PERIODONTITIS
It is the inflammation of the supporting tissues of the teeth It results in progressive destruction of PDL &

Alveolar bone with pocket formation & gingival recession or both Here clinical sign of attachment loss is seen

PERIODONTITIS
Periodontitis is directly associated with the support of ABUTMENT TEETH It weakens the

supporting structures of the teeth making them mobile & incapable to bear the occlussal load transmit the same to alveolar bone

Any pathology in periodontium Inflammation of gingiva Loss of attachment Destruction of PDL &Ultimately bone loss Supporting structures of teeth are weakened Abutment teeth fails to bear the required Occlusal load & transfer the same to the bone

Support for any prosthesis will be COMPROMISED


Eventually leads to TREATMENT FAILURE

RPD and PERIODONTIUM


The ultimate success of RPD directly depends on the health &

integrity of supporting structures of the teeth esp those to be used as the ABUTMENT following factor should be evaluated carefully before fabricating a RPD Periodontal diseases Degree of gingival recession Loss of epithelial attachment Furcation involment Tooth mobility Amount of bone loss to be assessed by radiograph

McGivney GP, Castleberry DJ ;McCrackens RPD 8th ed

The above factors decide the status of abutment teeth &the remaining structures Support for the prosthesis
Treatment outcome

Frechette A. Influence of partial denture

design on distributionof forces on abutment teeth. J Prosthet Dent 1956;6:195212 The forces occurring with the RPD can be widely distributed & directed & can be minimized by appropriate design of RPD The design of RPD requires both mechanical & biological consideration Rigid major connector & max coverage of the denture bearing areas with denture bases are of great importance in reducing stress on the abutment teeth

Chamrawy E. Qualitative changes in dental plaque formation related to removable partial dentures. J Oral Rehabil 1979;6:183188 The use of RPDs leads to detrimental changes in the quality and quantity of plaque. Implementing meticulous hygiene of both the oral cavity and dentures can offset these changes.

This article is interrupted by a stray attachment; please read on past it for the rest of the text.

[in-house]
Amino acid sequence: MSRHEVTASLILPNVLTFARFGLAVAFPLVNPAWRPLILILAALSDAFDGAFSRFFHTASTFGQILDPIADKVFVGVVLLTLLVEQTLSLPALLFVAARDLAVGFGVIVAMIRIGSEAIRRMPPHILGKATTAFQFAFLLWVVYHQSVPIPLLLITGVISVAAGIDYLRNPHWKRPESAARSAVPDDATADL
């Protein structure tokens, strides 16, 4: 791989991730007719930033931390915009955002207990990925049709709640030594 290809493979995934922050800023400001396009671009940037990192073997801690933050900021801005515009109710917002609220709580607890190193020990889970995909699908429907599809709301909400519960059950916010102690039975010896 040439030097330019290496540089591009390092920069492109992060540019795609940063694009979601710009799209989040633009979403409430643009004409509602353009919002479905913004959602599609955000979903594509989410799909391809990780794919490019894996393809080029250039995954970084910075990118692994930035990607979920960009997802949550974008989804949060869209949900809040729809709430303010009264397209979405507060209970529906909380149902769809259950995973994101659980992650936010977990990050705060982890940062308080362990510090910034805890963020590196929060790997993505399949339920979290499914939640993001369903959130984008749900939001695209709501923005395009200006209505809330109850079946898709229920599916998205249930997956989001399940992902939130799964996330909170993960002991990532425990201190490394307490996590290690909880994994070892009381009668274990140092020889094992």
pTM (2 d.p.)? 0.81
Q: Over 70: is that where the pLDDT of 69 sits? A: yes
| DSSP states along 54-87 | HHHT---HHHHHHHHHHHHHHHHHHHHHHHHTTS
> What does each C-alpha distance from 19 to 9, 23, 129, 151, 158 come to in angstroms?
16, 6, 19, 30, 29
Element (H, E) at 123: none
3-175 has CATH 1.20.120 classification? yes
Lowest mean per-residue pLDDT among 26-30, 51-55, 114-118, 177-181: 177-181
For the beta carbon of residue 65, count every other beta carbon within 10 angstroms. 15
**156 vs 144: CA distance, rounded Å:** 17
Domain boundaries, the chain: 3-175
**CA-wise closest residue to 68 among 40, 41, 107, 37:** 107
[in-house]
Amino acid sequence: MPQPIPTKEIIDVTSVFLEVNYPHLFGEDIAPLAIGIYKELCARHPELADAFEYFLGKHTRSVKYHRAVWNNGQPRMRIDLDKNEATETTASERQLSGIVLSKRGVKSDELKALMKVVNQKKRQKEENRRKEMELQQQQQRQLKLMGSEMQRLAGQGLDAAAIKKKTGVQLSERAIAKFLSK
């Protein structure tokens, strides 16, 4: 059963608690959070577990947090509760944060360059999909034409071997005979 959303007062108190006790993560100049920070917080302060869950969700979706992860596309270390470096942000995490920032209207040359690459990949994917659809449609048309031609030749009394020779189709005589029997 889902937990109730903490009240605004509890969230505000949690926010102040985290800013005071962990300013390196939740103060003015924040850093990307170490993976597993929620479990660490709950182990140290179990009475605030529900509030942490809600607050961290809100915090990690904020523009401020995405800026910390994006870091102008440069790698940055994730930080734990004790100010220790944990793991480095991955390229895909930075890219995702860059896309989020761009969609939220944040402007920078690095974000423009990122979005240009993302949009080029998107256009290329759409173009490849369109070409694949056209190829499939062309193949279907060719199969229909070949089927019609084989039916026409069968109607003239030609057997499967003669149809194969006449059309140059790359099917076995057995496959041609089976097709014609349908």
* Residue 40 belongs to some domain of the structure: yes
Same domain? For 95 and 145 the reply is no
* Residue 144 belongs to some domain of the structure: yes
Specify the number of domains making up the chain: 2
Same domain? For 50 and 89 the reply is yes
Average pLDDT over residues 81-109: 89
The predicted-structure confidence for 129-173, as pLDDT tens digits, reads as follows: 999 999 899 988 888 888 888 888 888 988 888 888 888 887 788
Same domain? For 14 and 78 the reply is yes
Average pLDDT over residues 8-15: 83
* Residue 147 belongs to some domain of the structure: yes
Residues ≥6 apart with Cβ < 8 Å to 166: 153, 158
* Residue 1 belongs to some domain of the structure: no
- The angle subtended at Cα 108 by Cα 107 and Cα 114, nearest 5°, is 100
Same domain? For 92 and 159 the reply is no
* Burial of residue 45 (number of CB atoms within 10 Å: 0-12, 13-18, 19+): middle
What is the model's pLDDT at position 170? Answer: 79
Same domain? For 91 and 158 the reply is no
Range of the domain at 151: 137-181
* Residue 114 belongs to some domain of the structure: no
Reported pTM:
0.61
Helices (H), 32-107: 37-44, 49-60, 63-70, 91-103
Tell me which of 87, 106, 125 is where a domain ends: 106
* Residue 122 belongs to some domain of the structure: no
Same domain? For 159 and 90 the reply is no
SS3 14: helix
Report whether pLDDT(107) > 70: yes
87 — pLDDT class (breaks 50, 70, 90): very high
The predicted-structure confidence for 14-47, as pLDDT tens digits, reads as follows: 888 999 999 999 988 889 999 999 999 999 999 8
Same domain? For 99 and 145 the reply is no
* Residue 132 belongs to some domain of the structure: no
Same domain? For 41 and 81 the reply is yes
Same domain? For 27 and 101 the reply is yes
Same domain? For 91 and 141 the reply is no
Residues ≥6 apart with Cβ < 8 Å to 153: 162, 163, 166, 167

Isidor F et al J. Periodontal 1990 ; 61 :21-26 Oral hygiene is considered to be one of the most imp factor in RPD prothesis Maintenance of oral hygiene is more crucial for RPD than for FPD a/c to z lahaviz DK, celebric A, valentio peruzovic: Appropriate design & good oral hygiene may decrease the incidence of periodontal disease
(Jour. Oral rehabit 2001)

Possible movements of partial denture


There are three possible movements

depending upon the differences in the support characteristics of the abutment teeth &the soft tissue covering the residual ridges Rotation around the fulcrum line passing through the most posterior abutments when denture base moves vertically towards or away from the supporting residual ridges Rotation around the longitudinal axis formed by the crest of residual ridge

Rotation around the vertical axis located near the centre of the arch The 1st two movements

do not occur in tooth supported partial dentures whereas the 3rd possible movement occurs in all partial dentures

Vertical vs horizontal forces


More periodontal fibers are activated to resist forces directed vertically on the tooth than are activated to resist horizontal forces Therefore , stabilizing components against horizontal movements must be incorporated in any partial denture design

McGivney GP, Castleberry DJ ;McCrackens RPD 8th ed

Design of RPD components & periodontium


While designing RPD components also, the gingiva & periodontium

is taken care of a/c to stewart & Rudd 1968 Broad distribution of stress through the use of rigid major & minor connector, multiple rests or guiding plane helps in preservation of underlying periodontium (jour of prosthodent 1968)
McHenry KR, Johansson OE, Christersson LA. The effect of

removablepartial denture framework design on gingival inflammation:A clinical model. J Prosthet Dent 1992;68:79980

Gingival areas that are covered by parts of RPD without relief

shows more adverse reaction both clinically & Histologically whereas the uncovered areas are least affected Increased tissue coverage by lateral major connector causes more plaque accumulation

Designing of RPD
The maxillary major

connectors are placed 6.Omm away from the gingival margins It is called as INTENTIONAL RELIEF ,given to avoid any injury to the gingiva uniformly distribute the occlusal forces acting on any part of the prosthesis without undergoing distortion

Should be rigid enough to

Designing of RPD
Mandibular major

connectors are placed 4 mm away from the marginal gingiva

Lingual bar should be

tapered superiorly with a half pear shape in crosssection & should be relieved sufficiently Lingual plate is used in case of periodontically weakened lower anterior teeth